Lifestyle

How to slow down time

How to slow down time

Written by: Denise John, PhD

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Published on: August 4, 2022

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Photo courtesy of Brian Chorski

Why do some summer months go by, when February always seems to bring the most brutal speed? Why do our memories of certain weeks feel longer than others? Why do the best vacations make time feel measured differently than the time we spend at home?

Cognitive neuroscientist Dr. Martin Wiener, who studies how our brains perceive time and space, explains that while we experience time as a continuum – something linear count, having a beginning, a middle, and an end – we don’t always go through time at the same pace. Depending on what we focus on either the physical space we are in or the familiarity of the experience, it feels accelerated in some moments and slowed down at others.

Here are the key takeaways from our conversation with Wiener, in which we asked him to analyze the most fundamental (and surprising) ways our brains distort time.

1. Focus on time slowing it down. If you’ve ever been stuck in traffic, had your flight delayed, or even dared to look at a pot of boiling water, you’ve experienced the feeling of being dragged by time. Research shows that the more time you focus on, the slower time passes, which often happens when we’re bored or doing something we don’t want to do.

2. Distracting yourself from time increases speed. “The more distracted you are with time, the faster it will pass because you are not focused on the passage of time,” says Wiener.

3. Memories falsify time. When you look back in time, you perceive time differently. “When you recall a memory when a lot of things happened, even though it may have passed quickly, when you look back, it feels like it lasted longer than you did,” says Wiener. It’s like the holiday has passed, but when you recall it, it seems to have lasted longer, almost memory expanded.

The opposite is true when it comes to memories of times when nothing much happened, such as waiting in traffic or boarding an airplane. When you look back on those experiences, they may feel relatively brief.

4. Dopamine can affect timing. Scientists don’t really understand how the brain processes time, but new research suggests that dopamine, the neurotransmitter that’s stimulated when we’re feeling happy and rewarded, may play a role. some game. “Anything that increases dopamine tends to speed up our perception of time,” says Wiener. “While things that lower dopamine slow down our sense of time.”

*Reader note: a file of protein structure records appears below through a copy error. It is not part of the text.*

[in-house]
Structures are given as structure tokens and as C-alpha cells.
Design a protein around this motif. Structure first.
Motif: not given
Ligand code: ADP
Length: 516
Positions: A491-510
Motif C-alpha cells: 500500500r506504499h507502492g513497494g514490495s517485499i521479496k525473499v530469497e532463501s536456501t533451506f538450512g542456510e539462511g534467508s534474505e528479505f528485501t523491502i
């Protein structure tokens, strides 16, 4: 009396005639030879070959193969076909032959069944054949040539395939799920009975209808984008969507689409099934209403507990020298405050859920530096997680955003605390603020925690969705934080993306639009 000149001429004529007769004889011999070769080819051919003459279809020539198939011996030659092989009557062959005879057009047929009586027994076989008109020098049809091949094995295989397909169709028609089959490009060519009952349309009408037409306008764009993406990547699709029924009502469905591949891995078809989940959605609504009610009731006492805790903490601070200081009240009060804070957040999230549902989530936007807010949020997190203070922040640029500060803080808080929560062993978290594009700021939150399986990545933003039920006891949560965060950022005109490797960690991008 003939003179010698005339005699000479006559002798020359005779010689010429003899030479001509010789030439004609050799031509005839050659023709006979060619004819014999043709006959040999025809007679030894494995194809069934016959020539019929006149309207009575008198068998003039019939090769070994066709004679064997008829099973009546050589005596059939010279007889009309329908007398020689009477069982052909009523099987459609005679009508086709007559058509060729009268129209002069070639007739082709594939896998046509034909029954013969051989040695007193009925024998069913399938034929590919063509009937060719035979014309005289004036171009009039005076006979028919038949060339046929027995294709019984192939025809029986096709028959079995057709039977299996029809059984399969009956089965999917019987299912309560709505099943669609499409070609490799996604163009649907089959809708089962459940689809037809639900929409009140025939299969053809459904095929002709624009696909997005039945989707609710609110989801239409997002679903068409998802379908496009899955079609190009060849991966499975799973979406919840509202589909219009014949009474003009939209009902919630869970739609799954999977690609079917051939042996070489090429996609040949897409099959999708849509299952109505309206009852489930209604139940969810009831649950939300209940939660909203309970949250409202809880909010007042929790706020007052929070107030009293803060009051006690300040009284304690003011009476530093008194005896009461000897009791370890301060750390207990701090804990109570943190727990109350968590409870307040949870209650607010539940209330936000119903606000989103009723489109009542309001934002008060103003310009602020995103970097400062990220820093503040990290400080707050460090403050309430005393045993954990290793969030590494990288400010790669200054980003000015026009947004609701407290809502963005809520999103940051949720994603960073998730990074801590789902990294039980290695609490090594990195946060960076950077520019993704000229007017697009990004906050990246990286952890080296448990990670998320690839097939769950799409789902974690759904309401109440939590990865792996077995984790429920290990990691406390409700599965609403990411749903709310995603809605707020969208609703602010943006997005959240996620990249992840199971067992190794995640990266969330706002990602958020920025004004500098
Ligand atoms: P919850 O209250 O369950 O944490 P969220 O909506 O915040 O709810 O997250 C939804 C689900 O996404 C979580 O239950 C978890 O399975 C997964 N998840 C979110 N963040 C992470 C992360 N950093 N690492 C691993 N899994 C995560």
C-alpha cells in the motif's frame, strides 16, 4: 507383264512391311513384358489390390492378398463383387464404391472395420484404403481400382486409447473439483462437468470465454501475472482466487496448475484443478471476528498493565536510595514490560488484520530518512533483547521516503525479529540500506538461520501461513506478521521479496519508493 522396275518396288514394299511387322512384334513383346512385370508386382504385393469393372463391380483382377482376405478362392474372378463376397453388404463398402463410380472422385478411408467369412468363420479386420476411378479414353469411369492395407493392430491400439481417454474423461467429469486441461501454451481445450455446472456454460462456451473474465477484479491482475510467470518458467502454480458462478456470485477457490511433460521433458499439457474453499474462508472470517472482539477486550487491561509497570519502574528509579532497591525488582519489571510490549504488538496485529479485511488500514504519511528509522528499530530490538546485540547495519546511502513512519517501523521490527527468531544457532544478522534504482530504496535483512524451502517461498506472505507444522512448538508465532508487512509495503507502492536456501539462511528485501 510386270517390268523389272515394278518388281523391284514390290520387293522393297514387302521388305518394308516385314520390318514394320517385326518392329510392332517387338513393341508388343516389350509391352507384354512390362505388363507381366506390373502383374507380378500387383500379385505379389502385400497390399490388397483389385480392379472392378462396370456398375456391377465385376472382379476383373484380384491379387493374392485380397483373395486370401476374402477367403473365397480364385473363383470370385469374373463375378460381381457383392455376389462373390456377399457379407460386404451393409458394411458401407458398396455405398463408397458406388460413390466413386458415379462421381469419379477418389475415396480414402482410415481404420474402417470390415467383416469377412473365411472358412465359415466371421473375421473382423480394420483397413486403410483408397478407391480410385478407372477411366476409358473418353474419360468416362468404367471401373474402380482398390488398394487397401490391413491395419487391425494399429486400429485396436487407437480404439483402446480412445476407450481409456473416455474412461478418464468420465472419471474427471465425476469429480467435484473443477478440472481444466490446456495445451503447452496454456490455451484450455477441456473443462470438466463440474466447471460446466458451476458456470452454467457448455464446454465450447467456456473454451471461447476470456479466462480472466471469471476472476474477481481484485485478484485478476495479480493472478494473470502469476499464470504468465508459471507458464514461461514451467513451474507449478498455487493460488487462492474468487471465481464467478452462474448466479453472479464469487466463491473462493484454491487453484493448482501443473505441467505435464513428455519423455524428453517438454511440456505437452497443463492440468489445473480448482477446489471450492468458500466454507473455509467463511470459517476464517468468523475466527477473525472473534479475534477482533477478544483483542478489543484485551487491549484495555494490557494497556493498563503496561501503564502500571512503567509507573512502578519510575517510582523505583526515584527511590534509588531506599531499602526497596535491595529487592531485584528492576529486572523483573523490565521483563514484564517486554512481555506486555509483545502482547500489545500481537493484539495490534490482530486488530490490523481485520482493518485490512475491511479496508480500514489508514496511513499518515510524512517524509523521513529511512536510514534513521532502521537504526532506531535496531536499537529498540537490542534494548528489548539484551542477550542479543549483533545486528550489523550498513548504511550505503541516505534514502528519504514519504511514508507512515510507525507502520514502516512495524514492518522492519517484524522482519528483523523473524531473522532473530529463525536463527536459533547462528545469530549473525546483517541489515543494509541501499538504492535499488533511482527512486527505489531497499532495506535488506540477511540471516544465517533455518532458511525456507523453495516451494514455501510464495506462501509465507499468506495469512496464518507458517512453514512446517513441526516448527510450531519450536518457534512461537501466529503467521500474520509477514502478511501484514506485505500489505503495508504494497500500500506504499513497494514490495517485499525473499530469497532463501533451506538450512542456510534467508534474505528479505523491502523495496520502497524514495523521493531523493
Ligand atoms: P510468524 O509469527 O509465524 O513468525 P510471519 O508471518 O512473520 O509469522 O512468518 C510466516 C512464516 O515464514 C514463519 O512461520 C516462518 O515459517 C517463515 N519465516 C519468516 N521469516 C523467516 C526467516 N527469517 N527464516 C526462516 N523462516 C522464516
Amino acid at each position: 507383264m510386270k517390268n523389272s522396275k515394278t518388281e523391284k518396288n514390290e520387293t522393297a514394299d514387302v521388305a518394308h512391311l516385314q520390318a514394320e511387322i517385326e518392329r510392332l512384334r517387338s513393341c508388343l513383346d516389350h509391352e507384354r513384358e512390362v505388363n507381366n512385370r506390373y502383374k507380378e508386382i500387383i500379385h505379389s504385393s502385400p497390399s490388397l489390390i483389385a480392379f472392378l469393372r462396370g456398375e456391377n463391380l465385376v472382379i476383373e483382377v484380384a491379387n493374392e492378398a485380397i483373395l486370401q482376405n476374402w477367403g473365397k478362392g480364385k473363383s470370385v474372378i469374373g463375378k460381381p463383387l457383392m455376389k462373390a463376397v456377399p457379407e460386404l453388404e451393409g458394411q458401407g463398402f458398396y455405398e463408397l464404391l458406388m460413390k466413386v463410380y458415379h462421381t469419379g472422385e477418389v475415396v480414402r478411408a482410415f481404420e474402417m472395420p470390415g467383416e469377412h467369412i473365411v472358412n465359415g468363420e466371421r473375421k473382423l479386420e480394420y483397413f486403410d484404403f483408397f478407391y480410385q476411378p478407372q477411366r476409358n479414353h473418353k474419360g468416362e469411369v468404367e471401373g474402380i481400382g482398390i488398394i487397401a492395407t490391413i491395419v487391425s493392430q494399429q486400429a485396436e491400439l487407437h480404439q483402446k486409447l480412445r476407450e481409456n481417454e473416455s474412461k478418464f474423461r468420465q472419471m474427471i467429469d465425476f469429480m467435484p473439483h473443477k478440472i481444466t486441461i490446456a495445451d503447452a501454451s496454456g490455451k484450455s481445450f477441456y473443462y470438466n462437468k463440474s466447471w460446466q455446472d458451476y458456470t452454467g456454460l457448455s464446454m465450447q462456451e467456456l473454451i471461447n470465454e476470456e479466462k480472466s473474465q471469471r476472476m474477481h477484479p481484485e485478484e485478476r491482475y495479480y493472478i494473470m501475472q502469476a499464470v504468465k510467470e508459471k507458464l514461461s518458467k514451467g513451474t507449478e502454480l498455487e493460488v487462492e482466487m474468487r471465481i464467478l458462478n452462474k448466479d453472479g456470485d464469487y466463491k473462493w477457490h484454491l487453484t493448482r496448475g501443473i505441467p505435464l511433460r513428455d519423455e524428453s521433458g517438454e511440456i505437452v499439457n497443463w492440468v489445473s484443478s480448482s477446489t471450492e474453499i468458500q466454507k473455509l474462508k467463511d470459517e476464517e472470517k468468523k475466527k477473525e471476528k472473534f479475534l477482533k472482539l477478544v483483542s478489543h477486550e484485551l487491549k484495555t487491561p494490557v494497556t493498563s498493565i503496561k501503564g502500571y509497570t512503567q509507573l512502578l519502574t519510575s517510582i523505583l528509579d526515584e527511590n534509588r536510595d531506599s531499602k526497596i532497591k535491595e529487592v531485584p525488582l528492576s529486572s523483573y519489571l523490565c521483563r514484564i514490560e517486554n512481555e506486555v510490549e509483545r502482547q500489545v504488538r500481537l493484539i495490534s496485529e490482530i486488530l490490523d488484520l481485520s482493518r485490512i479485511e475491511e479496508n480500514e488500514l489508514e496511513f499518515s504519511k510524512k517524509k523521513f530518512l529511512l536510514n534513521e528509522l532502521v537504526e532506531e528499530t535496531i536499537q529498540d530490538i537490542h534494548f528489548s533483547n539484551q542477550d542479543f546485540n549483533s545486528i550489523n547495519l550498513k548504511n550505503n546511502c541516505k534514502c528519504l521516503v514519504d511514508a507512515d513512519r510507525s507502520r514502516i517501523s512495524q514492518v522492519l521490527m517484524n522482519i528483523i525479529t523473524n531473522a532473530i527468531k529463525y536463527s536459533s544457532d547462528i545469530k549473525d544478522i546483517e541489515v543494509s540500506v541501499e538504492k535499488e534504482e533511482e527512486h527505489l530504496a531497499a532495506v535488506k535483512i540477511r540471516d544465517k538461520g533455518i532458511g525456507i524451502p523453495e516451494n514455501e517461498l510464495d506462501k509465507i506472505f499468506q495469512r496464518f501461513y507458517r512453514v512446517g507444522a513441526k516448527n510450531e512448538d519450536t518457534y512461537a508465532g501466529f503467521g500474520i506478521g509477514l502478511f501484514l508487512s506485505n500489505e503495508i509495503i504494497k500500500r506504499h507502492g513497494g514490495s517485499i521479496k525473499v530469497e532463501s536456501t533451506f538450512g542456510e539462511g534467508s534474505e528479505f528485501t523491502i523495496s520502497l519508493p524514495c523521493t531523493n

5. Space affects the way we perceive time. Wiener said: “The larger the space, the slower time passes. This applies to the space you are in or the space (or distance) you move. Have you ever been tempted to get back on your way to work because your route is heavily trafficked, even though the GPS tells you the traffic route will get you there fastest? The lack of movement in space (and the focus on time) makes time in traffic seem to be moving more slowly. By taking the longer route, you may feel that less time passes than if you took the shorter route with traffic. Similarly, the way we move our bodies through space also changes our perception of time – time can feel like it’s moving faster if you’re dancing or jogging than if you’re sitting still.

6. Familiarity spans space and time contracts. The more familiar you are with something, like the route to work or walking to your favorite coffee shop, the shorter the time it takes to get there, but the longer the distance seems.

“The first time you take a road, it seems to take a long time but it’s not too far, in terms of distance,” says Wiener. “After you repeat this path over and over and become more familiar with it, eventually the amount of time spent with you will seem less, but the distance to get there will seem longer.” You can think about that on your next coffee run.

Researchers are still discovering how time is processed in the brain – what brain regions are activated, what mechanisms are required, what neurotransmitters and hormones are involved, etc. But our perception about time is just that: our perception. Experimenting with some of these time-shifting ideas can help you figure out how to speed up time during the dullest moments — and slow it down when you want a moment to last.

This article is for informational purposes only, even if and notwithstanding the advice of doctors and other medical professionals. This article is not, nor is it intended as a substitute for, professional medical advice, diagnosis or treatment and should never be relied upon for specific medical advice. The views expressed in this article are those of experts and do not necessarily represent the views of goop.

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